Wednesday, January 31, 2007

Victory for common sense

The recent decision not to allow any religious opt-out in the Sexual Orientation regulations which form part of the Equality Act 2006 was a victory for common sense. The Catholic church had been hoping that the regulations would allow an opt-out for Catholic adoption agencies which would have permitted discrimination against gay couples.

The Church leaders were totally wrong to seek the blanket exemption. However, if a social worker really believes that a couple is unsuitable as adoptive parents for any reason, it is entirely inappropriate for the social worker to place a child in the care of that couple.

But what would happen if a Catholic social worker believed that a child would be better off being adopted by the gay couple, than the alternative of remaining in a care home? Had the religious exemption been granted, the social worker would have been forced against his or her conscience/better judgement to act against the interests of the child.

A similar dilemma exists in some African countries. Despite the spread of AIDS and the high risk of babies being born HIV+, the Pope refuses to consider birth control, a decision which causes unnecessary hardship in a region which already has more than its fair share of suffering. Any Catholic priests working there, who believe in good faith the Vatican is wrong, are not allowed to act according to their consciences.

A person can have a conscience but an institution cannot.

Religion is nothing more than a belief. Granting an exemption for a religion because it doesn't approve of gay people would be no different to allowing racists a special exemption to discriminate against people they held to be inferior. The purpose of the Equality Act is to ensure that all people are treated equally and without discrimination. Politicians have rightly decided that no institution should be exempt from the law.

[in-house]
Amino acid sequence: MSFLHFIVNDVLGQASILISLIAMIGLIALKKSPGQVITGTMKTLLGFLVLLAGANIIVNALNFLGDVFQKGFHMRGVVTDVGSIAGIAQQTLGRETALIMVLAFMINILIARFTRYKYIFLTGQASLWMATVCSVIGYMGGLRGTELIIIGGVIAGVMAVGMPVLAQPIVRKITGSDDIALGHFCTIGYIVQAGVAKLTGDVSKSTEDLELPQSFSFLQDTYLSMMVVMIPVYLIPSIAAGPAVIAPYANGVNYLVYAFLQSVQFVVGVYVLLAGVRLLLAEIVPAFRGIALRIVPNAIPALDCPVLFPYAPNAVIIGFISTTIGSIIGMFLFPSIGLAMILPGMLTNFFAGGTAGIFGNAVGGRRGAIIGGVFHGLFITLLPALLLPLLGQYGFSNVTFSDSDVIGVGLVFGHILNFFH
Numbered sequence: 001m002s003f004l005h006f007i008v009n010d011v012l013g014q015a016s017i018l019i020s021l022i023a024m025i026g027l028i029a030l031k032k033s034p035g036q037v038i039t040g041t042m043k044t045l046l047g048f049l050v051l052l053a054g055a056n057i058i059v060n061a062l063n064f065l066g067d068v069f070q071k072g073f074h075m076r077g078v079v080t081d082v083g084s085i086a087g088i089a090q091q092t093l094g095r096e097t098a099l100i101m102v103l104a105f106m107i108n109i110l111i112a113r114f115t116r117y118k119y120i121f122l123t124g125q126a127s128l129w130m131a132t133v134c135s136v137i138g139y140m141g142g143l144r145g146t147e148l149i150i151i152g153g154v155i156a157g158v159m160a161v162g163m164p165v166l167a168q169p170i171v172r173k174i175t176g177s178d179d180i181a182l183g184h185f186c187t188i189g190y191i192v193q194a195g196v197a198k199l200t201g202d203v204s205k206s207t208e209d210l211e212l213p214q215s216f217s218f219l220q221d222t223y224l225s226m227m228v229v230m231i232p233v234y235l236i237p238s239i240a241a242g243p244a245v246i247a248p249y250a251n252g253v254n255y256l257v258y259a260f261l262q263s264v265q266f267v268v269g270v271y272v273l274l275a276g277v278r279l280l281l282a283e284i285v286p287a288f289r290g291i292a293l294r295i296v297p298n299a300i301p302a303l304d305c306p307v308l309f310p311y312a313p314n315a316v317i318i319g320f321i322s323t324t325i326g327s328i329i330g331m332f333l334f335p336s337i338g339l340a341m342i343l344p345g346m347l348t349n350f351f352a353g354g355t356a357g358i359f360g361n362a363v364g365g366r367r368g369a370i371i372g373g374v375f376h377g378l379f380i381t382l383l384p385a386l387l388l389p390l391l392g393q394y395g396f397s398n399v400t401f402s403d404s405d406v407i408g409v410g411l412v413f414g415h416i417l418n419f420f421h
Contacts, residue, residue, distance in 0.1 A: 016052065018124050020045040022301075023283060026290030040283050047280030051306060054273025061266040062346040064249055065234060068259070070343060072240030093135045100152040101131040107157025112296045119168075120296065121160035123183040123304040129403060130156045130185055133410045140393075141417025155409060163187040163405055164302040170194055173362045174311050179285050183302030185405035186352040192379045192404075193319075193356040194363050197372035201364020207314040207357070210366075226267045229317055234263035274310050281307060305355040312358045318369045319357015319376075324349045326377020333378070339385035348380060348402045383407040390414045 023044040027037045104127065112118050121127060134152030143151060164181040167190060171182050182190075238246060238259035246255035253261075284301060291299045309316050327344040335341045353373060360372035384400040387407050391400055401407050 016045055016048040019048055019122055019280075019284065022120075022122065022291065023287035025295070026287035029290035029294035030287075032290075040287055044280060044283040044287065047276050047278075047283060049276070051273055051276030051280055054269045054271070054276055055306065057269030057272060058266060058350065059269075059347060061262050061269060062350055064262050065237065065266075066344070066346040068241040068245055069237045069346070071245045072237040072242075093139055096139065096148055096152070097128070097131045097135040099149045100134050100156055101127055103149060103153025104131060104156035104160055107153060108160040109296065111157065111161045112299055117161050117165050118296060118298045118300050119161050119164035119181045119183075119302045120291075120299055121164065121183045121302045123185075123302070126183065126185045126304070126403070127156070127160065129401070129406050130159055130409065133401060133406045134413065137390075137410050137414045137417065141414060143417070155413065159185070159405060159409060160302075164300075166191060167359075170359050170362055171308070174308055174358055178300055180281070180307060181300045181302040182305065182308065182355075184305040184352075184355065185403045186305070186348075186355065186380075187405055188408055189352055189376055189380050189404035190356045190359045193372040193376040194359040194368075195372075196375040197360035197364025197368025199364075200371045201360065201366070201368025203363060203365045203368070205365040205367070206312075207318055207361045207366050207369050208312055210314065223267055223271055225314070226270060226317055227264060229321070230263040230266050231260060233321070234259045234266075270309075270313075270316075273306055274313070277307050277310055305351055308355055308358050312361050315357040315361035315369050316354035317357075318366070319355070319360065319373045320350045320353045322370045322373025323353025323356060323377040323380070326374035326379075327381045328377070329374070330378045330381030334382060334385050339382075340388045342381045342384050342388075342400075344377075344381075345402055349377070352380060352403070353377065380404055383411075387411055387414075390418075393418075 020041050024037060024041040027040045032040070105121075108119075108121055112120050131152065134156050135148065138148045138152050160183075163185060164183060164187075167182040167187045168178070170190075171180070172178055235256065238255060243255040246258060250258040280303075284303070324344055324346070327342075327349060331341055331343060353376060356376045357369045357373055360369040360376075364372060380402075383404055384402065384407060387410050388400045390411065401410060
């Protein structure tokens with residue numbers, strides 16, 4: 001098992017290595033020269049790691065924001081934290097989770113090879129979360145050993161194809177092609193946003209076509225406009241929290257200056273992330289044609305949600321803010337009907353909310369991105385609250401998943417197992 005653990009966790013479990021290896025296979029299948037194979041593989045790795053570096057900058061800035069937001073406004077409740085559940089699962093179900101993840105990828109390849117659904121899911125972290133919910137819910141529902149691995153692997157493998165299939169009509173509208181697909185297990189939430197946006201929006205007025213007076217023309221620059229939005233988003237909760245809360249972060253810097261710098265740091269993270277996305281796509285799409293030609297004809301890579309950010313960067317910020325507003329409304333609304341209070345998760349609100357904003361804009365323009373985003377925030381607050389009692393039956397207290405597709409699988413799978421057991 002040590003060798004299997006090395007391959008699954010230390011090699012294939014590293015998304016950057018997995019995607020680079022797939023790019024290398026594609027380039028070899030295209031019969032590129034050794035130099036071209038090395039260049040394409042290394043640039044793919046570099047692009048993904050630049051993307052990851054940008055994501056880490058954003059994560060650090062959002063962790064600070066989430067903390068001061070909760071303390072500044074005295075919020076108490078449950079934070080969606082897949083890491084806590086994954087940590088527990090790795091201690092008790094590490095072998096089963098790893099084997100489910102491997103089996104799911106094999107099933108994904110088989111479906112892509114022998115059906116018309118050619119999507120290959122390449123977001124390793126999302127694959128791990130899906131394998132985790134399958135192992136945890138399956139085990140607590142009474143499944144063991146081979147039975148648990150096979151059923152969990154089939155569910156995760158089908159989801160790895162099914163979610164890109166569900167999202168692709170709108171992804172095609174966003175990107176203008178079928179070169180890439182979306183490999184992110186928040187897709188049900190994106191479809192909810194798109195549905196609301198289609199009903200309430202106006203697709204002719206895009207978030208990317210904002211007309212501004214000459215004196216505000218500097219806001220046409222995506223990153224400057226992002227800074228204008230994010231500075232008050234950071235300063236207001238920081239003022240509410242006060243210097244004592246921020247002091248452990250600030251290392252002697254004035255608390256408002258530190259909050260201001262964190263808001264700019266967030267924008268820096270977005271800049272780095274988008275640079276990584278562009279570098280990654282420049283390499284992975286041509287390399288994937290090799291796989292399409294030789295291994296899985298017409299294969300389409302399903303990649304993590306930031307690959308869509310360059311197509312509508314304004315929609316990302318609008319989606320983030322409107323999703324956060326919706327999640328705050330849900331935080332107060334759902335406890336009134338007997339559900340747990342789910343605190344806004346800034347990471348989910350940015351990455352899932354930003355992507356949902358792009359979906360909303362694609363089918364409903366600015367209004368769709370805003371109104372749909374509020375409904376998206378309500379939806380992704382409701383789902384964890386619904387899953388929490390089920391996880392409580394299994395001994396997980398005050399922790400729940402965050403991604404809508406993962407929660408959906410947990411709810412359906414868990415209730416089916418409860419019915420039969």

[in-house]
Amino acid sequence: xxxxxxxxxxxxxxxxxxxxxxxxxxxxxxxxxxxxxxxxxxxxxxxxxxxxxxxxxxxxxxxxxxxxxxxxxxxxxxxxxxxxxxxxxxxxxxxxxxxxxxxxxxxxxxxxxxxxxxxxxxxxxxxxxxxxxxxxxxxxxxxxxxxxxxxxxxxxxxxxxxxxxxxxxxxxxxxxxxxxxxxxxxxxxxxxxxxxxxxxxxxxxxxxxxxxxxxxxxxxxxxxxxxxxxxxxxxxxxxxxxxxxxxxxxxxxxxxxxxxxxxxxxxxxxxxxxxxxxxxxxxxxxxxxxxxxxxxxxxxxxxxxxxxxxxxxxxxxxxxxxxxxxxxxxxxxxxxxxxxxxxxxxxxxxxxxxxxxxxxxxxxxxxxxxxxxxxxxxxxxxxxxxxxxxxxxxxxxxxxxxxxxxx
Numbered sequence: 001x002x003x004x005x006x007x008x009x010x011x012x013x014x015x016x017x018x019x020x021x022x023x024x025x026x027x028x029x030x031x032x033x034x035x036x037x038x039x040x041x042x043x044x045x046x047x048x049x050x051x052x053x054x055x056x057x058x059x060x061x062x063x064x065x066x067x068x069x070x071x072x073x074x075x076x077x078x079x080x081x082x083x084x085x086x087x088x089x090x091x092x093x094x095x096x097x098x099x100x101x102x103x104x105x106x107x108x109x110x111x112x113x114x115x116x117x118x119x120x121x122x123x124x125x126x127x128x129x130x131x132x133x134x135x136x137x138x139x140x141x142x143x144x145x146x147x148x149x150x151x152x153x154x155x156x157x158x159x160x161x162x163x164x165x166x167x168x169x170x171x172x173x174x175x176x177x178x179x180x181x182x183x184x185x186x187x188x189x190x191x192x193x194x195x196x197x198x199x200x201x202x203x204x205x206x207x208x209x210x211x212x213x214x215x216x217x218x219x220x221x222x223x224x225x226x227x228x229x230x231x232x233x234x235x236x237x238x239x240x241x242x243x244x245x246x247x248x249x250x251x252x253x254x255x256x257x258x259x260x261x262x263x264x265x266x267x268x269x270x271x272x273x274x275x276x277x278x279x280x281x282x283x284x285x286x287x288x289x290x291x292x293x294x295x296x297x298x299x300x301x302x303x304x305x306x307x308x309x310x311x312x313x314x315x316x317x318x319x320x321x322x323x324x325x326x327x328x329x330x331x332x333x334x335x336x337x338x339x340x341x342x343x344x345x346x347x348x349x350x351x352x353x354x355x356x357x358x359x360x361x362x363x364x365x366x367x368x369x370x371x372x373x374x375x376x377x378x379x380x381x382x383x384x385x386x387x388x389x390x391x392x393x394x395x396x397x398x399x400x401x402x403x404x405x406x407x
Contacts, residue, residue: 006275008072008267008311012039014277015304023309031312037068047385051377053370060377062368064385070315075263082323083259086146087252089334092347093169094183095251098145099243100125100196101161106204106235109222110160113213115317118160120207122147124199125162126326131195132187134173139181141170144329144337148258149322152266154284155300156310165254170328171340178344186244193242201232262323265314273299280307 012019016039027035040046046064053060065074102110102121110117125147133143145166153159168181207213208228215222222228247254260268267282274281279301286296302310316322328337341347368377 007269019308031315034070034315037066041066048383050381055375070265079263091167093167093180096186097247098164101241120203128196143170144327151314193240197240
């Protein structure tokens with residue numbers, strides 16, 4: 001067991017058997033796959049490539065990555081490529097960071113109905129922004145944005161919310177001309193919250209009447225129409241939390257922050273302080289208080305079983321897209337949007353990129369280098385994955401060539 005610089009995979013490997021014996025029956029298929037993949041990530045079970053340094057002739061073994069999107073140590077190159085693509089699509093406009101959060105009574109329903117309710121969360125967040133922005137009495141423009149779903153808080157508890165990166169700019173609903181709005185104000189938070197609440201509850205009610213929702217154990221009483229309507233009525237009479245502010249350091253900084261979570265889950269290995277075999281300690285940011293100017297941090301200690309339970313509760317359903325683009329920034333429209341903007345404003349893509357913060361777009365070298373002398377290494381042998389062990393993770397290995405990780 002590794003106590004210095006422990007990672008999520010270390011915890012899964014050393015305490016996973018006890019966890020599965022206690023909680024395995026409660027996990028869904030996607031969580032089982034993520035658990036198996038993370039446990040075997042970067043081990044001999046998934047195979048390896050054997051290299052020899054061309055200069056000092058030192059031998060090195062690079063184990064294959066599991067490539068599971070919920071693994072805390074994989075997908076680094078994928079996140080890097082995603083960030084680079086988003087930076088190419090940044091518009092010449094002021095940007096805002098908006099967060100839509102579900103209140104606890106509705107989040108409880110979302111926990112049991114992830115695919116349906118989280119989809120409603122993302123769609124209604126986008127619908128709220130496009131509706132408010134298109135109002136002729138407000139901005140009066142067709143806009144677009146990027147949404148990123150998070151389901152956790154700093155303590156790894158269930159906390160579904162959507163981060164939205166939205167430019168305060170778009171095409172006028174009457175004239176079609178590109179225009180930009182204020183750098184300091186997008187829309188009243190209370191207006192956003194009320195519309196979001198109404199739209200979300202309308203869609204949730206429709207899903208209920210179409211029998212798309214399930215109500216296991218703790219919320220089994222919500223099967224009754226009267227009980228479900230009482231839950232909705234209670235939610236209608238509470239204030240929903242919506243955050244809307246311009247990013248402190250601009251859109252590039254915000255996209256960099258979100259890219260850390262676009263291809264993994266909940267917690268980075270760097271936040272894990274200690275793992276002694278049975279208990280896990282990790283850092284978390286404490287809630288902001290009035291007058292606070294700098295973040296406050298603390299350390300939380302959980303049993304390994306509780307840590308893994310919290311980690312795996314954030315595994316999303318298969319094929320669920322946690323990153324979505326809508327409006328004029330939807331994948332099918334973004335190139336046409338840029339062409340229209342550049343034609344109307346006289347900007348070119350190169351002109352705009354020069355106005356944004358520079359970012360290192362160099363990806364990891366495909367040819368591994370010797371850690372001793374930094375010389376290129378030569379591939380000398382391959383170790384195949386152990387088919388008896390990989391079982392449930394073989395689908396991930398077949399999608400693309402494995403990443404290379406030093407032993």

Sunday, January 28, 2007

LGBT awareness

It won't be long now before the Daily Mail and like-minded newspapers have their annual tirades against LGBT history month.

What is the point, they will ask, of speculating about the sexuality of Florence Nightingale or Isaac Newton. The important thing for which they are remembered is the work they did, and not their sexual preferences. The evidence that they were homosexual is at best tendentious, and in any event, the newspapers will argue, we cannot use modern constructs like 'gay' to describe the sexuality of people living in earlier centuries.

There is at least a grain of truth to these arguments. For that reason I think that 'LGBT history month' would be more likely to gain acceptance if it is renamed to 'LGBT awareness month.'

But the overall message of this celebration is entirely justified - the message is that people throughout the ages and also today are not always solely or partly attracted to members of the opposite gender, nor do people necessarily adhere to common expectations of their assumed genders. And people have rights to express themselves as individuals - Diversity is a good thing for humanity.

The message is slow to catch on because old-fashioned people, and institutions like the BBC are slow to learn. They feel the need to explain themselves to the Daily Mail and get its approval for their policies.

Ultimately what makes LGBT history month so relevant today is that It won't be long now before the Daily Mail and like-minded newspapers have their annual tirades against LGBT history month.

Saturday, January 27, 2007

Only four days to go till the start of LGBT history month.

BBC staff, of all sexualities, have for far too long been condoning and sometimes conniving in discrimination. They should have the guts to stand up and make it clear to the BBC that discrimination within the Corporation will no longer be tolerated. We don't have to put up with any feeble excuses.

Last week Desmond Tutu, a prominent figure in the anti-apartheid struggle, was speaking prior to the start of the World Social Forum. He said: To penalise somebody for their sexual orientation is the same as what used to happen to black South Africans for something about which we could do nothing.

Saturday, January 20, 2007

Newsround bullying news

Big Brother made news headlines this week. Jade Goody was criticised for the way she behaved towards Shilpa, a celebrity actress from India. Last Tuesday Newsround included an interview with Louise Burfitt-Dons who explained why Jade has been dropped from her anti-bullying charity. Newsround's website asked Have you ever been picked on because you're different?, and on Wednesday Ellie said "loads of you" have replied. Laura then read out a small selection of viewers' emails and texts on the topic.